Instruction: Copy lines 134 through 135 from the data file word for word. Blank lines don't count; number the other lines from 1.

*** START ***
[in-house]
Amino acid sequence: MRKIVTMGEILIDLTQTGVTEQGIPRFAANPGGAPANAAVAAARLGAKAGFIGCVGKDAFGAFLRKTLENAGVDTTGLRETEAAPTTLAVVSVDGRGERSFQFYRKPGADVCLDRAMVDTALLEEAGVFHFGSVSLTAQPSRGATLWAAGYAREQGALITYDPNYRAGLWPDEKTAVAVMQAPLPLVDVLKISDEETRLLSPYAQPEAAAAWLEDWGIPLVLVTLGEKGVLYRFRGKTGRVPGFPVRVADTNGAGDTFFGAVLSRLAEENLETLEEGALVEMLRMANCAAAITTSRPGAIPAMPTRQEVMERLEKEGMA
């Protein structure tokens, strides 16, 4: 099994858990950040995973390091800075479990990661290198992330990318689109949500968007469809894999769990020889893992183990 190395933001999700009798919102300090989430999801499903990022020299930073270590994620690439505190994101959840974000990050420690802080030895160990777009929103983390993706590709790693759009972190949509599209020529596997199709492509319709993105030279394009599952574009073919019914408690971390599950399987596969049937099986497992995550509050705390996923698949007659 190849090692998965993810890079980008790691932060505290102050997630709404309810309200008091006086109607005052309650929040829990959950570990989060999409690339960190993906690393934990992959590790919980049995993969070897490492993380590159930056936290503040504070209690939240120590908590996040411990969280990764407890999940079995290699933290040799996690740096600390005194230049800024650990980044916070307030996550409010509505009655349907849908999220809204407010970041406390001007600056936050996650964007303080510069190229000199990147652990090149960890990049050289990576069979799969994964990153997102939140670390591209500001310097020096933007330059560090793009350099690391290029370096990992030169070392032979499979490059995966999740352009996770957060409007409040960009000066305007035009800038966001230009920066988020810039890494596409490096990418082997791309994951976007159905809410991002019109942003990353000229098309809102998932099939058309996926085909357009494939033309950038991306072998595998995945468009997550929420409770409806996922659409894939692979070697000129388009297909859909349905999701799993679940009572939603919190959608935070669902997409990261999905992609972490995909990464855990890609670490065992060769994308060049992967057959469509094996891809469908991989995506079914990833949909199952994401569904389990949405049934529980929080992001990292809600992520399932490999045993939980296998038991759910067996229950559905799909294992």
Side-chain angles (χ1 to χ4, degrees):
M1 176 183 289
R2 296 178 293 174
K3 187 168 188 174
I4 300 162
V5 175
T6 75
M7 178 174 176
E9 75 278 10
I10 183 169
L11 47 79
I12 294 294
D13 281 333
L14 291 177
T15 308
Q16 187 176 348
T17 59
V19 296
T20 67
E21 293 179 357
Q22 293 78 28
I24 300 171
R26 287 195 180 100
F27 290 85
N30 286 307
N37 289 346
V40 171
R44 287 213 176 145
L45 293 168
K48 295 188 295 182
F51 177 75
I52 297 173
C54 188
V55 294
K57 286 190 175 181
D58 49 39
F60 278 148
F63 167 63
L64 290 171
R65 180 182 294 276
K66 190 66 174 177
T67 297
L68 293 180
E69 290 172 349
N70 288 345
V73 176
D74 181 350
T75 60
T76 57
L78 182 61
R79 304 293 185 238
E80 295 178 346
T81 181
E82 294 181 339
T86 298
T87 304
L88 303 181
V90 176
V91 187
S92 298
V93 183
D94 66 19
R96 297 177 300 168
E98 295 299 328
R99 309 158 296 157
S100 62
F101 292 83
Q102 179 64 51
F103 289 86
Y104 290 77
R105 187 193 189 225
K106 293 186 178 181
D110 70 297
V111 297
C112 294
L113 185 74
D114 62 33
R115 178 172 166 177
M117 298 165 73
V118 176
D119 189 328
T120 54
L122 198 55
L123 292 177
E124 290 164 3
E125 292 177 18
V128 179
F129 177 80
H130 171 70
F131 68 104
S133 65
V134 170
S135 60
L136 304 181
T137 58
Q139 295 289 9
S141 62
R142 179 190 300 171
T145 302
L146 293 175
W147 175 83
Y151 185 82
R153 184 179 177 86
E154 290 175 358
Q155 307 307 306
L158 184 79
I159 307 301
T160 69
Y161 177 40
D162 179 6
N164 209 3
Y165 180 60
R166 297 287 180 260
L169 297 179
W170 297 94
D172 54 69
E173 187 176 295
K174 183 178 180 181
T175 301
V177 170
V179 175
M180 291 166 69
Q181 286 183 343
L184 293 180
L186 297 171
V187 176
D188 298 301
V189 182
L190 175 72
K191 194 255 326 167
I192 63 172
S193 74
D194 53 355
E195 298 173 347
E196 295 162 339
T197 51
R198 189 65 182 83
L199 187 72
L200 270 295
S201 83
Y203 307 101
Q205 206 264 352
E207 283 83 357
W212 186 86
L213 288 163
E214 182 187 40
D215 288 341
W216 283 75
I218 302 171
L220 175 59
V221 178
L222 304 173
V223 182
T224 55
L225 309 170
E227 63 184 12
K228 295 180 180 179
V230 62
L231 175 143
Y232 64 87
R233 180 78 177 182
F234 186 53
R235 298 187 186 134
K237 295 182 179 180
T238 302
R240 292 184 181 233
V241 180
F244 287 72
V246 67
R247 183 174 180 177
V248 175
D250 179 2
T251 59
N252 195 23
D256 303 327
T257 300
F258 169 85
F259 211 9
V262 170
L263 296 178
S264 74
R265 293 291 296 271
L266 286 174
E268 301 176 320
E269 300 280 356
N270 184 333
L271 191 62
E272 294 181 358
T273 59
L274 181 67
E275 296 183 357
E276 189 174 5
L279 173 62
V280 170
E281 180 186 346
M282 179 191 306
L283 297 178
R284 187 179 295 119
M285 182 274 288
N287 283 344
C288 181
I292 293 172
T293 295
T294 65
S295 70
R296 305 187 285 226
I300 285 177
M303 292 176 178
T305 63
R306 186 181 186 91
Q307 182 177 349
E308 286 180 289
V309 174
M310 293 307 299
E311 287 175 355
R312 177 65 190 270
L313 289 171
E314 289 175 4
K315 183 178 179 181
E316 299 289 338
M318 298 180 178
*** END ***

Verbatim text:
I192 63 172
S193 74